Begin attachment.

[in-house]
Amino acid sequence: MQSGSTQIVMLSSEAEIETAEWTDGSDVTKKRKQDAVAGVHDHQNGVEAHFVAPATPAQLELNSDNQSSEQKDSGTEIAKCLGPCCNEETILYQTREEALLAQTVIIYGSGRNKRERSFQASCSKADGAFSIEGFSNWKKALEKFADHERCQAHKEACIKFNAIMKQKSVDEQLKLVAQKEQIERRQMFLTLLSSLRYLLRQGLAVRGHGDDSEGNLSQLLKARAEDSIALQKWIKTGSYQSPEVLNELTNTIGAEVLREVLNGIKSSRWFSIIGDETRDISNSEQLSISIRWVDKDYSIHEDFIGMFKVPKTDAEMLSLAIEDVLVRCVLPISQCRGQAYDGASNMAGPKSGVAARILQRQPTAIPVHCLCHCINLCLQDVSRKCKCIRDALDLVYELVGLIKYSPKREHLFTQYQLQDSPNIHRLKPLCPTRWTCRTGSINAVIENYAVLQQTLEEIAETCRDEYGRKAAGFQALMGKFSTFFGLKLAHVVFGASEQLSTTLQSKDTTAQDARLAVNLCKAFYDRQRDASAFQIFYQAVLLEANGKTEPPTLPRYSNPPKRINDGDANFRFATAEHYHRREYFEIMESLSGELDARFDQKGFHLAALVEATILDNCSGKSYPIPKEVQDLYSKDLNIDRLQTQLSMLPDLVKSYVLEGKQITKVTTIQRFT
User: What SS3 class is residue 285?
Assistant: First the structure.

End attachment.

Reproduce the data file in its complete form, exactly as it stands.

[in-house]
Amino acid sequence: MQSGSTQIVMLSSEAEIETAEWTDGSDVTKKRKQDAVAGVHDHQNGVEAHFVAPATPAQLELNSDNQSSEQKDSGTEIAKCLGPCCNEETILYQTREEALLAQTVIIYGSGRNKRERSFQASCSKADGAFSIEGFSNWKKALEKFADHERCQAHKEACIKFNAIMKQKSVDEQLKLVAQKEQIERRQMFLTLLSSLRYLLRQGLAVRGHGDDSEGNLSQLLKARAEDSIALQKWIKTGSYQSPEVLNELTNTIGAEVLREVLNGIKSSRWFSIIGDETRDISNSEQLSISIRWVDKDYSIHEDFIGMFKVPKTDAEMLSLAIEDVLVRCVLPISQCRGQAYDGASNMAGPKSGVAARILQRQPTAIPVHCLCHCINLCLQDVSRKCKCIRDALDLVYELVGLIKYSPKREHLFTQYQLQDSPNIHRLKPLCPTRWTCRTGSINAVIENYAVLQQTLEEIAETCRDEYGRKAAGFQALMGKFSTFFGLKLAHVVFGASEQLSTTLQSKDTTAQDARLAVNLCKAFYDRQRDASAFQIFYQAVLLEANGKTEPPTLPRYSNPPKRINDGDANFRFATAEHYHRREYFEIMESLSGELDARFDQKGFHLAALVEATILDNCSGKSYPIPKEVQDLYSKDLNIDRLQTQLSMLPDLVKSYVLEGKQITKVTTIQRFT
User: What SS3 class is residue 285?
Assistant: First the structure.